Humade Golden Japanese Ceramic & Pottery DIY Kintsugi Repair Kit
Why Hide the Cracks When You Can Make Them Beautiful with the Golden Pottery Repair Kit?
The Ancient Japanese Art of Kintsugi (Japanese Gold Repair)
What does Kintsugi mean? It literally translates to “golden joinery”, and is all about turning ugly breaks and broken pottery into beautiful fixes - proposing that repair can make things better than new. The art of fixing and repairing broken pottery with gold. Essentially making Kintsugi art from the Kintsugi repair kit. It derives from the teachings of the original Wabi Sabi, the art of acceptance and appreciation in imperfections.
How Does the Humade Kintsugi Repair Kit Work?
You are provided with an instructional manual to learn how to carry Kintsugi out, essentially mending damaged pottery with gold through filling in the cracks (we've gone ahead and made our instructions guide too). In the kit, you'll be provided with a gold powder is mixed with an adhesive to create a gold lacquer repair glue (this is known as Japanese urushi lacquers) that aids with the repair.
Then you simply use the gold adhesive to fix the cracks and/or breaks for porcelain, glass, ceramics, and pottery. Then wait a good 48 plus hours for the adhesive to set and your previously-broken piece is ready to use again. We recommend though, to retain the gold color it is not advised to place items that have just gone under repair in the dishwasher.
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- Instructional Manual Guide - How to Glue Broken Pottery
- Bison Epoxy Fast Fixing Gold Glue 24ml
- Bison Epoxy Putty
- Gold powder
- Gloves Included
- Mixing Stick tool
Humade Kintsugi Review
Donna D, California, USA
How to Do Kintsugi Repair Guide - 3 Step Tutorial
The practice of Kintsugi is a reflection of the Japanese Wabi Sabi principal (originally derived from traditional Buddhist teachings), to celebrate and admire imperfections within objects, and as mentioned, involves the repair of broken pottery and ceramics. Traditionally it comes with gold glue (but we also supply a silver one) to glorify the breakages.
In this how to guide, we are going to go through this form of Japanese pottery repair step by step. All you really need to do is pick up the kintsukuroi kit and this will provide you with everything you need to get going (except of course the broken mug or pot).
That said before you start we also recommend that you approach mending pottery and ceramics one at a time and that you also wear some form of protective gloves too (these come with the kit).
Step One. Now, you’re going to need a broken pot. Whether that’s your favorite mug or bowl that you have been saving or you ‘accidentally on purpose’ break something. If it is the latter, make sure you do it safely. Out of the way, in a bag and tea towel. A drop from head height should do the trick.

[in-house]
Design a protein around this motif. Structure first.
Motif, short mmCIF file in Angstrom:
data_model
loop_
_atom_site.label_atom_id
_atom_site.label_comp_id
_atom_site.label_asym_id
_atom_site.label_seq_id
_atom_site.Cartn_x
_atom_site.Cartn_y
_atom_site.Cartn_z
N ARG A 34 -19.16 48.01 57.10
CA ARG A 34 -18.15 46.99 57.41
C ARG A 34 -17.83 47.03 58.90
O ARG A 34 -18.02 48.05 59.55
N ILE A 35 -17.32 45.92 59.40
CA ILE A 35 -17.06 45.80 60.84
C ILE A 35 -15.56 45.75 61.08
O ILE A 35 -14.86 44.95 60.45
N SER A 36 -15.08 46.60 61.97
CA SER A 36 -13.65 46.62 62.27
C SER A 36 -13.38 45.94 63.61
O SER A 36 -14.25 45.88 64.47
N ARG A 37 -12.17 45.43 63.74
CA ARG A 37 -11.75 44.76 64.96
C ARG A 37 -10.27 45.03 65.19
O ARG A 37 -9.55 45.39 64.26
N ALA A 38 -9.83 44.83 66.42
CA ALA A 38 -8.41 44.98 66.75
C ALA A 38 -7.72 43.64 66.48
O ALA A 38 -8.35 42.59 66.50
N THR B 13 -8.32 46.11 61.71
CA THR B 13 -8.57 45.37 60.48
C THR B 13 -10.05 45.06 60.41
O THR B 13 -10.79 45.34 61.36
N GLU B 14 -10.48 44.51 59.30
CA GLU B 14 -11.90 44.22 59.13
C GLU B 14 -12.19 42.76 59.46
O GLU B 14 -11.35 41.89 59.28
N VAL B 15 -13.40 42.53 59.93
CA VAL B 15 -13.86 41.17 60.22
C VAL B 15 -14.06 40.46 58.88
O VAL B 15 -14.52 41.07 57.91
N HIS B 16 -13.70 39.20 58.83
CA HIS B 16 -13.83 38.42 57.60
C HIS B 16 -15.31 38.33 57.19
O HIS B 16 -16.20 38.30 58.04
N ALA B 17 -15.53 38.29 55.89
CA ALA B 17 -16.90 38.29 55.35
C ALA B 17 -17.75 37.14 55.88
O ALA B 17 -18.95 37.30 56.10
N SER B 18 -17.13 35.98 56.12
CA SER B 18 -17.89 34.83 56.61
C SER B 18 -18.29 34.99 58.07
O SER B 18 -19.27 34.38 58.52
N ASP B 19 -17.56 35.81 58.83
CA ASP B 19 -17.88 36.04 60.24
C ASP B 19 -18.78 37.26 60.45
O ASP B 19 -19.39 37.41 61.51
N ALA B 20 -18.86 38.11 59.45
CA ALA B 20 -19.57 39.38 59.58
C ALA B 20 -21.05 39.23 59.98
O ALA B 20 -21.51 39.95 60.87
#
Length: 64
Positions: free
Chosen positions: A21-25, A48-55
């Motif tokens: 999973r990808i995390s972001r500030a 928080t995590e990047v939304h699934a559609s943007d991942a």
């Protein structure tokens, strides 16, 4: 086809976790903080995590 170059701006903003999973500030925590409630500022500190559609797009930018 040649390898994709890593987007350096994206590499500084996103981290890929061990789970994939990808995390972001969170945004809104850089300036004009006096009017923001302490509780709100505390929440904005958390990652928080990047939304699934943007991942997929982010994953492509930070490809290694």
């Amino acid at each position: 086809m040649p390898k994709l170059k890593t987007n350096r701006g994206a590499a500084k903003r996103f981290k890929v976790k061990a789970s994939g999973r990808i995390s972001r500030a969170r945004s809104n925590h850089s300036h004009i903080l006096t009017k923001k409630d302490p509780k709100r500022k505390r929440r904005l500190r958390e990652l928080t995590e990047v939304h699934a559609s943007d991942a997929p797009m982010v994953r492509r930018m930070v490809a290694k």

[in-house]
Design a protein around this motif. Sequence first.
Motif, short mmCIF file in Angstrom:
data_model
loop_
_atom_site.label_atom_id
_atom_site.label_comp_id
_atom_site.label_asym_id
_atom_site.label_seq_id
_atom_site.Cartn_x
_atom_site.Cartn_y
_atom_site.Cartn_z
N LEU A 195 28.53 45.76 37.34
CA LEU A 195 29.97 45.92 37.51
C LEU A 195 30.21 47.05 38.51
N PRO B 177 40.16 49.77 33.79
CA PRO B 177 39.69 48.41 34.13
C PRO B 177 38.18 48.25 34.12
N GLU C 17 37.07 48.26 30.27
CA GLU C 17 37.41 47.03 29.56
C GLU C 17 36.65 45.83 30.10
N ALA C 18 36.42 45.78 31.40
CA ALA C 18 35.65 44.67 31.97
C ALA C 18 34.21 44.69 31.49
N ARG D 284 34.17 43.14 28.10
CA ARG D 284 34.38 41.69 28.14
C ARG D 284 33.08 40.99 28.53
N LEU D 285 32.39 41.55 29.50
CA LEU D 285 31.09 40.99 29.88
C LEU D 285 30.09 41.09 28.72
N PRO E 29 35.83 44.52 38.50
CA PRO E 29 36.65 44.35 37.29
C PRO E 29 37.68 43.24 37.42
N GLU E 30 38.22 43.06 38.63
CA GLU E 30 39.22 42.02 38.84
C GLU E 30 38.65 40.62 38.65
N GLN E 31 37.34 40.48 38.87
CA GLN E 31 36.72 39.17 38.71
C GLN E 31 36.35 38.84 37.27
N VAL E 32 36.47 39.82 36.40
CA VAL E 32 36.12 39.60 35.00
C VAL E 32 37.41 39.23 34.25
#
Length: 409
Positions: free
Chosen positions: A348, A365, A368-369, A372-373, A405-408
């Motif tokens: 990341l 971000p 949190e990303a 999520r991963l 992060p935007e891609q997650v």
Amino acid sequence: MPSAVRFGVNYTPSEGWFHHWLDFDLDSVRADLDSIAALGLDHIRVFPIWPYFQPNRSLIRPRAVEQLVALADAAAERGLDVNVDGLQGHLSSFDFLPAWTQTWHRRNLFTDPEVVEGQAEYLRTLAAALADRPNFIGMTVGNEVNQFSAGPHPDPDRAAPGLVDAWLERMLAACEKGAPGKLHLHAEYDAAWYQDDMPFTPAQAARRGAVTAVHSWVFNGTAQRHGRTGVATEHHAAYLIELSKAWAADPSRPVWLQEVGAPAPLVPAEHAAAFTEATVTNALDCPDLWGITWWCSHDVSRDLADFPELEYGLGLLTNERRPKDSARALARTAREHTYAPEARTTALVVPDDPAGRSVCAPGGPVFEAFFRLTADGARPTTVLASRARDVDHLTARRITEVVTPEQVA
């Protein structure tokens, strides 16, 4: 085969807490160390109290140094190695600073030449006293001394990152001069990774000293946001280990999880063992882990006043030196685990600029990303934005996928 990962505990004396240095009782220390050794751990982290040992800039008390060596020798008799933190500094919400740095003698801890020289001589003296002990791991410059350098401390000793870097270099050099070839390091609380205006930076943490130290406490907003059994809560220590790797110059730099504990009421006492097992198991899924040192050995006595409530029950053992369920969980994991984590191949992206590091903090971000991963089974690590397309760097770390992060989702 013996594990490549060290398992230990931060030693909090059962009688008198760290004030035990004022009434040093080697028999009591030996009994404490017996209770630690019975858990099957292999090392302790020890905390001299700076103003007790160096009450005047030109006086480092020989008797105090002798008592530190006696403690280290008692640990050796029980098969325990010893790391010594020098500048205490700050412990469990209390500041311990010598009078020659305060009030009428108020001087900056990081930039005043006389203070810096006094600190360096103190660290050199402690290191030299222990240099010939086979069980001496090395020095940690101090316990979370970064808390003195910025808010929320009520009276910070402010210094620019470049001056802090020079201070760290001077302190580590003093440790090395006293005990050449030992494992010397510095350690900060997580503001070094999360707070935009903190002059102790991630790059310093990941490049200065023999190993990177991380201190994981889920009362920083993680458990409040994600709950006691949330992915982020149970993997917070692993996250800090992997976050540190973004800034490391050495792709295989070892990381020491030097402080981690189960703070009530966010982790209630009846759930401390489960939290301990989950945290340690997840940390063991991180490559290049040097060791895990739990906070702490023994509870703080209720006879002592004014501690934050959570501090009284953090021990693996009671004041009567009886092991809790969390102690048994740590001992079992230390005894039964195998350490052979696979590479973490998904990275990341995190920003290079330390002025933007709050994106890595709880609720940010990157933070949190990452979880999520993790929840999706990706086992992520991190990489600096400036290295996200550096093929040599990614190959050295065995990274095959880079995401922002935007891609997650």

Step Two. The next step involves you to start fitting those pieces together again. Just a general idea is fine, you don't have to go balancing bits on one another. You just want to know what goes where and when really - an outline of where you need to apply the Kintsugi glue.
Step Three. Now go ahead and reach for your DIY kit and supplies. You’re going to start to mix the Japanese gold repair powder together with the epoxy putty and use a stick to start applying it slowly to the edges of your broken pieces.
Now, before the Kintsugi epoxy starts to dry out, press the two pieces together and firmly hold them. The general idea is that you do them one a time for each break. You might be quite surprised just how fast it starts to dry out. So be a little hasty.
You will see that there are a few different looks to Kintsugi, you’ve got the classic smooth and thicker blend. Here’s how to repair broken pottery and achieve that look.
Smooth Finish: You will see that there a range of pots, vases, and ceramics finished with what’s known as the smooth look. To achieve this appearance you want to get a scalpel of some kind to help you scrape away the thicker bulging parts of the lacquer.
It’s quite a tricky technique, so be a bit cautious as to just how much you take away, as you don’t want it popping out of place. Then brush it over with your brush.
Bulging Thicker Finish: It’s a more simple finish to accomplish. Simply apply more lacquer, wait for it to set a bit longer. Don’t overly neaten it up. If you do have any questions, please be sure just to get in touch.